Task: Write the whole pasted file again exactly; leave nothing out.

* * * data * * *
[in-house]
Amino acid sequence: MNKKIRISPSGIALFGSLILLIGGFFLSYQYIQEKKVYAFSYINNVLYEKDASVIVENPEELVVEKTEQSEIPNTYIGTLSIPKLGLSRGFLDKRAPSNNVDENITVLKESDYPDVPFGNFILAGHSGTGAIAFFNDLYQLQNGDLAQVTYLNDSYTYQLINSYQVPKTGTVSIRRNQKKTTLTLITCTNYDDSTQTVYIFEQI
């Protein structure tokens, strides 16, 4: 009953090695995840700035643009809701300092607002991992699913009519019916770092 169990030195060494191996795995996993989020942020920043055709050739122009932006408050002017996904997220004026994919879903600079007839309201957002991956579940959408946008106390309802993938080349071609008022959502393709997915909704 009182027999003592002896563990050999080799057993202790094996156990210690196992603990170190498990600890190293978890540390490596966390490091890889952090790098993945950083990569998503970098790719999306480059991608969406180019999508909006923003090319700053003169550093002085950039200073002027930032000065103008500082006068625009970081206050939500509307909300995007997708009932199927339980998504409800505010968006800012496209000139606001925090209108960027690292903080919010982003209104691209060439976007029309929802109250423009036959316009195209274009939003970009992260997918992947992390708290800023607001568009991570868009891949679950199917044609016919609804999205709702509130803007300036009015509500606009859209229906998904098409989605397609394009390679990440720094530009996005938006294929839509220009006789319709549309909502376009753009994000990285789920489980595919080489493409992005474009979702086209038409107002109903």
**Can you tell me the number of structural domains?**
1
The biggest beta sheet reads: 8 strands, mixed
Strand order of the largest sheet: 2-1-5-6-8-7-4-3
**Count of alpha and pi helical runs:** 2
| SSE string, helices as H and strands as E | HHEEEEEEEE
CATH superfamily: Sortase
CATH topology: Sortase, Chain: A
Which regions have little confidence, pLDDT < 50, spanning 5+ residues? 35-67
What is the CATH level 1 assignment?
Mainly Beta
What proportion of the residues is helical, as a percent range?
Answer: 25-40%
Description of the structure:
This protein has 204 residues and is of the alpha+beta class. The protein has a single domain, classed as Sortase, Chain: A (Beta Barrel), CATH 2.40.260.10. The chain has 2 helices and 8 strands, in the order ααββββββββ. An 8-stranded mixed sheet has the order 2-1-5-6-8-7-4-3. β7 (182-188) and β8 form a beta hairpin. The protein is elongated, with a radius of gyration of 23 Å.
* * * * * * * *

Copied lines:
[in-house]
Amino acid sequence: MNKKIRISPSGIALFGSLILLIGGFFLSYQYIQEKKVYAFSYINNVLYEKDASVIVENPEELVVEKTEQSEIPNTYIGTLSIPKLGLSRGFLDKRAPSNNVDENITVLKESDYPDVPFGNFILAGHSGTGAIAFFNDLYQLQNGDLAQVTYLNDSYTYQLINSYQVPKTGTVSIRRNQKKTTLTLITCTNYDDSTQTVYIFEQI
């Protein structure tokens, strides 16, 4: 009953090695995840700035643009809701300092607002991992699913009519019916770092 169990030195060494191996795995996993989020942020920043055709050739122009932006408050002017996904997220004026994919879903600079007839309201957002991956579940959408946008106390309802993938080349071609008022959502393709997915909704 009182027999003592002896563990050999080799057993202790094996156990210690196992603990170190498990600890190293978890540390490596966390490091890889952090790098993945950083990569998503970098790719999306480059991608969406180019999508909006923003090319700053003169550093002085950039200073002027930032000065103008500082006068625009970081206050939500509307909300995007997708009932199927339980998504409800505010968006800012496209000139606001925090209108960027690292903080919010982003209104691209060439976007029309929802109250423009036959316009195209274009939003970009992260997918992947992390708290800023607001568009991570868009891949679950199917044609016919609804999205709702509130803007300036009015509500606009859209229906998904098409989605397609394009390679990440720094530009996005938006294929839509220009006789319709549309909502376009753009994000990285789920489980595919080489493409992005474009979702086209038409107002109903």
**Can you tell me the number of structural domains?**
1
The biggest beta sheet reads: 8 strands, mixed
Strand order of the largest sheet: 2-1-5-6-8-7-4-3
**Count of alpha and pi helical runs:** 2
| SSE string, helices as H and strands as E | HHEEEEEEEE
CATH superfamily: Sortase
CATH topology: Sortase, Chain: A
Which regions have little confidence, pLDDT < 50, spanning 5+ residues? 35-67
What is the CATH level 1 assignment?
Mainly Beta
What proportion of the residues is helical, as a percent range?
Answer: 25-40%
Description of the structure:
This protein has 204 residues and is of the alpha+beta class. The protein has a single domain, classed as Sortase, Chain: A (Beta Barrel), CATH 2.40.260.10. The chain has 2 helices and 8 strands, in the order ααββββββββ. An 8-stranded mixed sheet has the order 2-1-5-6-8-7-4-3. β7 (182-188) and β8 form a beta hairpin. The protein is elongated, with a radius of gyration of 23 Å.